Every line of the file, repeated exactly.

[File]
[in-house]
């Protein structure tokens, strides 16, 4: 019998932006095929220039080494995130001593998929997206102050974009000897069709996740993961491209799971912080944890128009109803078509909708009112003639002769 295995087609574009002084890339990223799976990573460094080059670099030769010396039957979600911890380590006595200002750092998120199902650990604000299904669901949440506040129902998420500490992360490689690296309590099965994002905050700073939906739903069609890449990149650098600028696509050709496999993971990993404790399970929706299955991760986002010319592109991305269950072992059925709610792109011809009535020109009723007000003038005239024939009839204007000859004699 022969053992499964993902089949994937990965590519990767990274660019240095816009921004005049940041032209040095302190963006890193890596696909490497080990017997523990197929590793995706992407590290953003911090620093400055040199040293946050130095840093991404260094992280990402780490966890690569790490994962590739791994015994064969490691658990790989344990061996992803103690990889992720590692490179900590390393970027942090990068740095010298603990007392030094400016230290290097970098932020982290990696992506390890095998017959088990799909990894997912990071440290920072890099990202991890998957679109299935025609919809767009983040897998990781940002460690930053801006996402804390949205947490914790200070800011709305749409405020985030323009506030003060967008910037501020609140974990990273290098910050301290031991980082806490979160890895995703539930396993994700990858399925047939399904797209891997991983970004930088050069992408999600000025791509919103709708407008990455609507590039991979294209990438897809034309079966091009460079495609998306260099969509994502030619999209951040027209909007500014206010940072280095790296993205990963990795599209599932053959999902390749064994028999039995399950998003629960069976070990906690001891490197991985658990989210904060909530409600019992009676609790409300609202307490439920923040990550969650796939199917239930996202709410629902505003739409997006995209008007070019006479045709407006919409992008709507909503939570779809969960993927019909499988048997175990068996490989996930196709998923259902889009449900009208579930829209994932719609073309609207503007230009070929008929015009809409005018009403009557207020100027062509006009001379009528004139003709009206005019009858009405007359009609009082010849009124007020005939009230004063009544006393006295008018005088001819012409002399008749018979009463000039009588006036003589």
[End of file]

[in-house]
């Protein structure tokens, strides 16, 4: 019998932006095929220039080494995130001593998929997206102050974009000897069709996740993961491209799971912080944890128009109803078509909708009112003639002769 295995087609574009002084890339990223799976990573460094080059670099030769010396039957979600911890380590006595200002750092998120199902650990604000299904669901949440506040129902998420500490992360490689690296309590099965994002905050700073939906739903069609890449990149650098600028696509050709496999993971990993404790399970929706299955991760986002010319592109991305269950072992059925709610792109011809009535020109009723007000003038005239024939009839204007000859004699 022969053992499964993902089949994937990965590519990767990274660019240095816009921004005049940041032209040095302190963006890193890596696909490497080990017997523990197929590793995706992407590290953003911090620093400055040199040293946050130095840093991404260094992280990402780490966890690569790490994962590739791994015994064969490691658990790989344990061996992803103690990889992720590692490179900590390393970027942090990068740095010298603990007392030094400016230290290097970098932020982290990696992506390890095998017959088990799909990894997912990071440290920072890099990202991890998957679109299935025609919809767009983040897998990781940002460690930053801006996402804390949205947490914790200070800011709305749409405020985030323009506030003060967008910037501020609140974990990273290098910050301290031991980082806490979160890895995703539930396993994700990858399925047939399904797209891997991983970004930088050069992408999600000025791509919103709708407008990455609507590039991979294209990438897809034309079966091009460079495609998306260099969509994502030619999209951040027209909007500014206010940072280095790296993205990963990795599209599932053959999902390749064994028999039995399950998003629960069976070990906690001891490197991985658990989210904060909530409600019992009676609790409300609202307490439920923040990550969650796939199917239930996202709410629902505003739409997006995209008007070019006479045709407006919409992008709507909503939570779809969960993927019909499988048997175990068996490989996930196709998923259902889009449900009208579930829209994932719609073309609207503007230009070929008929015009809409005018009403009557207020100027062509006009001379009528004139003709009206005019009858009405007359009609009082010849009124007020005939009230004063009544006393006295008018005088001819012409002399008749018979009463000039009588006036003589």